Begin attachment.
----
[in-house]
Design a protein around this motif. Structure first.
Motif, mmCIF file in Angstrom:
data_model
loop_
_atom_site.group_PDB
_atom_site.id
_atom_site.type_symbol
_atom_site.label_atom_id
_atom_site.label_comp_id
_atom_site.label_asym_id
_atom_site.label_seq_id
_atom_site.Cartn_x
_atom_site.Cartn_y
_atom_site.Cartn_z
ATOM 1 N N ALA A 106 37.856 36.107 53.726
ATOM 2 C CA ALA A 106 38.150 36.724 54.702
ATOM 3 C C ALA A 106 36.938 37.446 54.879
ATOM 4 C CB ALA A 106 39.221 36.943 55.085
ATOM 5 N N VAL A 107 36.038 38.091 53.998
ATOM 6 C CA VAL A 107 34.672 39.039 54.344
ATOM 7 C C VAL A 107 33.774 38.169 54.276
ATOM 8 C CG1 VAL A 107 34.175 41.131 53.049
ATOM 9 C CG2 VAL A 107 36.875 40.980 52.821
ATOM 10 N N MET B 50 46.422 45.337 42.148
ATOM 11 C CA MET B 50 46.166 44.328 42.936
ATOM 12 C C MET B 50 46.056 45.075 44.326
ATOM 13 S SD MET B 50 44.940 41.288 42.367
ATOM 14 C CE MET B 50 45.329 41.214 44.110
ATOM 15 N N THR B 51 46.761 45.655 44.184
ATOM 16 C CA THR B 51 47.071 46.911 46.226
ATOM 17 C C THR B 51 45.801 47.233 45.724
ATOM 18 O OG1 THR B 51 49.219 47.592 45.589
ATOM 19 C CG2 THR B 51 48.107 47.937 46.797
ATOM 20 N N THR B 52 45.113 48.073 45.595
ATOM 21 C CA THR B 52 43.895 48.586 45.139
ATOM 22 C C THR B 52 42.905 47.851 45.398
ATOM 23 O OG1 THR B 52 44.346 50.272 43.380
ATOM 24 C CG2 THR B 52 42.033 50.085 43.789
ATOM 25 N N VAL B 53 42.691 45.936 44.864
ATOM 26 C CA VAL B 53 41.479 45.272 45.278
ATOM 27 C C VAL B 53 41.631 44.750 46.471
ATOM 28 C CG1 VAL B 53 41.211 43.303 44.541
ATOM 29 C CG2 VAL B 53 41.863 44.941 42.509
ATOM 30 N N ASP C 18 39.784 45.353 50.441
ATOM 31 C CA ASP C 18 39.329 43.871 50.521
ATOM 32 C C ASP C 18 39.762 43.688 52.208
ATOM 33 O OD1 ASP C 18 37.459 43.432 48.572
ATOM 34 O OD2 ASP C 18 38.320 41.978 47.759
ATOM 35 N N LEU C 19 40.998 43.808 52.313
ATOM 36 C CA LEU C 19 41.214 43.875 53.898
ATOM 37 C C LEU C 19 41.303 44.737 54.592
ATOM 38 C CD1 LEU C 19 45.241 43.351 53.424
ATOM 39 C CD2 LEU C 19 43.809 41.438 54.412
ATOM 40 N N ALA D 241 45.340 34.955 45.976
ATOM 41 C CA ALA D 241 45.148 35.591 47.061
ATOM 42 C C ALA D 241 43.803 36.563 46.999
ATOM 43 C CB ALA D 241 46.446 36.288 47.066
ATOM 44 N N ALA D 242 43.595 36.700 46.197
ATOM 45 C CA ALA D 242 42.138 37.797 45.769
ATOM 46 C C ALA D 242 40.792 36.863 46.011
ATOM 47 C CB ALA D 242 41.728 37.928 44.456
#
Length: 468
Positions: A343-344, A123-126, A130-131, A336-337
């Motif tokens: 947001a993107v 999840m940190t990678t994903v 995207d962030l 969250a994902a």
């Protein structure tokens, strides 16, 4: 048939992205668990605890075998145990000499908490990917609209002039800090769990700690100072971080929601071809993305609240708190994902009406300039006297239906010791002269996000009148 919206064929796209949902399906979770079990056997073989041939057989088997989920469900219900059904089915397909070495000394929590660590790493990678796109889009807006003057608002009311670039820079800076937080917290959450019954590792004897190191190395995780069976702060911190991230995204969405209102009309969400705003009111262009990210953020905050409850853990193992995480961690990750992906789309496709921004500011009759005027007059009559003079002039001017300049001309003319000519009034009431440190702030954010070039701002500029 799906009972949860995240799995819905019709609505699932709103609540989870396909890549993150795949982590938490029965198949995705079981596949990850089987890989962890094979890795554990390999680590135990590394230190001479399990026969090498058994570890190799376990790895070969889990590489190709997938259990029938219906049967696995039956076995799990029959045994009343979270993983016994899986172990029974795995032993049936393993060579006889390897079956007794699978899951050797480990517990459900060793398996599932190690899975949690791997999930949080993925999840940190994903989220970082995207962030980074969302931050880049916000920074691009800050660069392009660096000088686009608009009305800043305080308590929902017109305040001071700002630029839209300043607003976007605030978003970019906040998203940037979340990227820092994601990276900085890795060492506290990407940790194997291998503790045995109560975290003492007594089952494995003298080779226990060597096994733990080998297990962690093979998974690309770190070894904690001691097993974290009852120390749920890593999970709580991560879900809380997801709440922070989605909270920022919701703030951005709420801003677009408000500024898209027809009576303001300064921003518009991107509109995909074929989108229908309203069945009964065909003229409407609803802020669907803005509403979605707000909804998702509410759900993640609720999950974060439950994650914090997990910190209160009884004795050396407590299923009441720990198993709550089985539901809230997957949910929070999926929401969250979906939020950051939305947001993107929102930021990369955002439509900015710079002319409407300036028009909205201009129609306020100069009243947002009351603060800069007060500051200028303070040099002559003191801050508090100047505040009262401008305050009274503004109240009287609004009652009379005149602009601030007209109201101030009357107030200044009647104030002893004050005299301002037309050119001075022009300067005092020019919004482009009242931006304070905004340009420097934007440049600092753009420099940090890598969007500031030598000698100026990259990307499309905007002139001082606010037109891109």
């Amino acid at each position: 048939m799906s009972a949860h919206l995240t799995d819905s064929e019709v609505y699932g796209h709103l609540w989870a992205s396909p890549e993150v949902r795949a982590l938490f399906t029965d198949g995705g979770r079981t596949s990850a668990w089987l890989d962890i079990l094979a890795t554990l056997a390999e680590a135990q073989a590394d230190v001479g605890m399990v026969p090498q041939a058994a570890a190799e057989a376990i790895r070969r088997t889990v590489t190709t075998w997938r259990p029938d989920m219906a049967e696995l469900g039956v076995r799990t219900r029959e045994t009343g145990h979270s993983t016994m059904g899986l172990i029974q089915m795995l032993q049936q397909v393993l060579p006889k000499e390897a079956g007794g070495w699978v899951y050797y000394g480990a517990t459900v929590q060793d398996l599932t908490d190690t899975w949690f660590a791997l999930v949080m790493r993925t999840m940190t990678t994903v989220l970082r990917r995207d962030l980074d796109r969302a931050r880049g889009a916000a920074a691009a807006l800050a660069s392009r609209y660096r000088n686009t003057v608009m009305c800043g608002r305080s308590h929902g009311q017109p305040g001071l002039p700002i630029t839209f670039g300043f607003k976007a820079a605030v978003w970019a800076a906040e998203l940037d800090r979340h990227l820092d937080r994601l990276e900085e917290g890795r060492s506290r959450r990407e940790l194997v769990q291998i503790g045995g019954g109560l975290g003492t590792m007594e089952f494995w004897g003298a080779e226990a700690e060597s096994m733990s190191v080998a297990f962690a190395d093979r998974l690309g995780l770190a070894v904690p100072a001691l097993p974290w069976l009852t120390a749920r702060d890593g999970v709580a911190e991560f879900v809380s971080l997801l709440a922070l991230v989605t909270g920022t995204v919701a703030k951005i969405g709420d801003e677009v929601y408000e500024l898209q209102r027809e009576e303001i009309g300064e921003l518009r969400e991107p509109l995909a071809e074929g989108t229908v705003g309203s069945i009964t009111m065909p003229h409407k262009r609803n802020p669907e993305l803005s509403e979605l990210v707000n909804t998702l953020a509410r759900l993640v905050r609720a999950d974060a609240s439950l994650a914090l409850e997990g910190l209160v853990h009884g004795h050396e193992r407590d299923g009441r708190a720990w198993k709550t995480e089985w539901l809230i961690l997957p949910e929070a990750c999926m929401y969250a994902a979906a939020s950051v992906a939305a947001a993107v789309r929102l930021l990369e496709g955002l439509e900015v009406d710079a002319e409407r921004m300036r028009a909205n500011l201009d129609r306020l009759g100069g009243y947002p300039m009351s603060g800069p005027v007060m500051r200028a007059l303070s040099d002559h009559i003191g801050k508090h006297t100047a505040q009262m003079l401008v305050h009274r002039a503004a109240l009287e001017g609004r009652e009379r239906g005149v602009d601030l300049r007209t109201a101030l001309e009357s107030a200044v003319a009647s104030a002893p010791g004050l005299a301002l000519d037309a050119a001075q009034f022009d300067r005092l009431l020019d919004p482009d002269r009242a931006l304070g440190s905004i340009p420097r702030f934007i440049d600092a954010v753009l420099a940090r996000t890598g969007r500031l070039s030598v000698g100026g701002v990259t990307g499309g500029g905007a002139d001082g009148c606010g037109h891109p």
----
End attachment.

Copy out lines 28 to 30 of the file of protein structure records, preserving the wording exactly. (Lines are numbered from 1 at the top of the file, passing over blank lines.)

ATOM 13 S SD MET B 50 44.940 41.288 42.367
ATOM 14 C CE MET B 50 45.329 41.214 44.110
ATOM 15 N N THR B 51 46.761 45.655 44.184